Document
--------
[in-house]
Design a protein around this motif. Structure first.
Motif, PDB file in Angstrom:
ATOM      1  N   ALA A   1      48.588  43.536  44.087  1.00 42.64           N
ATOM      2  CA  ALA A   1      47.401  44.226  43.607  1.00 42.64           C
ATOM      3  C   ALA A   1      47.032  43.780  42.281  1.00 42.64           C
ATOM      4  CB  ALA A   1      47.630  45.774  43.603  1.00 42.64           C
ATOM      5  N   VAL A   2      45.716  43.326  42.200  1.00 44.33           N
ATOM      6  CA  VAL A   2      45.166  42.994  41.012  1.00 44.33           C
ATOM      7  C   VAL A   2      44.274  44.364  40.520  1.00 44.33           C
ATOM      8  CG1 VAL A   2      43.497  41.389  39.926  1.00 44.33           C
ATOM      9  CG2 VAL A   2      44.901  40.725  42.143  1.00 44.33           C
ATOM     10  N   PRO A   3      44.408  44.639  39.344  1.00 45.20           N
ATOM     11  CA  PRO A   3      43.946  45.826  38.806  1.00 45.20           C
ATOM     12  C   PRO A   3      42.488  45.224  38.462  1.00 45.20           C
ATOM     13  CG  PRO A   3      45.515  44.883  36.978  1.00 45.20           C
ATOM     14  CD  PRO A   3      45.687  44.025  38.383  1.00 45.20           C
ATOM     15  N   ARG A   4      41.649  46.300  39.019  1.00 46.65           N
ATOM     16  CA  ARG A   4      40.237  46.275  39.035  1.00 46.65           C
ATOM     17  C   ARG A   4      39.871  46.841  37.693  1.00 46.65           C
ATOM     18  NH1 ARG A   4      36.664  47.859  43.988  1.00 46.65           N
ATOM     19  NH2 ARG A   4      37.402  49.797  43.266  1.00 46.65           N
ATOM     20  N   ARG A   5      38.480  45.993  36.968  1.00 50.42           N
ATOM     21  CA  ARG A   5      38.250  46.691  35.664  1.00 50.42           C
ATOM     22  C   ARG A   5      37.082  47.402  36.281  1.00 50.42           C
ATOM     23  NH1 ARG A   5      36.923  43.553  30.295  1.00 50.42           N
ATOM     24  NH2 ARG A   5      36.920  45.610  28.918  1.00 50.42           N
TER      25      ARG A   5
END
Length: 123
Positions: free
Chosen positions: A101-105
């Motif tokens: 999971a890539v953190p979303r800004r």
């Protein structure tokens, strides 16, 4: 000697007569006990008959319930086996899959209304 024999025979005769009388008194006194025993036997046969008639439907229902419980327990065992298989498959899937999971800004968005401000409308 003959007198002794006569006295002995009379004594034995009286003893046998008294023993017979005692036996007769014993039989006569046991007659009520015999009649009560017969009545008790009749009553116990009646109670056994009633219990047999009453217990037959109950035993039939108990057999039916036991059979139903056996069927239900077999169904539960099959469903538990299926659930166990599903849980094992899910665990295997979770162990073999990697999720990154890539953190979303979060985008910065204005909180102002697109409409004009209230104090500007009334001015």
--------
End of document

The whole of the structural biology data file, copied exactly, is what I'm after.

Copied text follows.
[in-house]
Design a protein around this motif. Structure first.
Motif, PDB file in Angstrom:
ATOM      1  N   ALA A   1      48.588  43.536  44.087  1.00 42.64           N
ATOM      2  CA  ALA A   1      47.401  44.226  43.607  1.00 42.64           C
ATOM      3  C   ALA A   1      47.032  43.780  42.281  1.00 42.64           C
ATOM      4  CB  ALA A   1      47.630  45.774  43.603  1.00 42.64           C
ATOM      5  N   VAL A   2      45.716  43.326  42.200  1.00 44.33           N
ATOM      6  CA  VAL A   2      45.166  42.994  41.012  1.00 44.33           C
ATOM      7  C   VAL A   2      44.274  44.364  40.520  1.00 44.33           C
ATOM      8  CG1 VAL A   2      43.497  41.389  39.926  1.00 44.33           C
ATOM      9  CG2 VAL A   2      44.901  40.725  42.143  1.00 44.33           C
ATOM     10  N   PRO A   3      44.408  44.639  39.344  1.00 45.20           N
ATOM     11  CA  PRO A   3      43.946  45.826  38.806  1.00 45.20           C
ATOM     12  C   PRO A   3      42.488  45.224  38.462  1.00 45.20           C
ATOM     13  CG  PRO A   3      45.515  44.883  36.978  1.00 45.20           C
ATOM     14  CD  PRO A   3      45.687  44.025  38.383  1.00 45.20           C
ATOM     15  N   ARG A   4      41.649  46.300  39.019  1.00 46.65           N
ATOM     16  CA  ARG A   4      40.237  46.275  39.035  1.00 46.65           C
ATOM     17  C   ARG A   4      39.871  46.841  37.693  1.00 46.65           C
ATOM     18  NH1 ARG A   4      36.664  47.859  43.988  1.00 46.65           N
ATOM     19  NH2 ARG A   4      37.402  49.797  43.266  1.00 46.65           N
ATOM     20  N   ARG A   5      38.480  45.993  36.968  1.00 50.42           N
ATOM     21  CA  ARG A   5      38.250  46.691  35.664  1.00 50.42           C
ATOM     22  C   ARG A   5      37.082  47.402  36.281  1.00 50.42           C
ATOM     23  NH1 ARG A   5      36.923  43.553  30.295  1.00 50.42           N
ATOM     24  NH2 ARG A   5      36.920  45.610  28.918  1.00 50.42           N
TER      25      ARG A   5
END
Length: 123
Positions: free
Chosen positions: A101-105
């Motif tokens: 999971a890539v953190p979303r800004r």
């Protein structure tokens, strides 16, 4: 000697007569006990008959319930086996899959209304 024999025979005769009388008194006194025993036997046969008639439907229902419980327990065992298989498959899937999971800004968005401000409308 003959007198002794006569006295002995009379004594034995009286003893046998008294023993017979005692036996007769014993039989006569046991007659009520015999009649009560017969009545008790009749009553116990009646109670056994009633219990047999009453217990037959109950035993039939108990057999039916036991059979139903056996069927239900077999169904539960099959469903538990299926659930166990599903849980094992899910665990295997979770162990073999990697999720990154890539953190979303979060985008910065204005909180102002697109409409004009209230104090500007009334001015």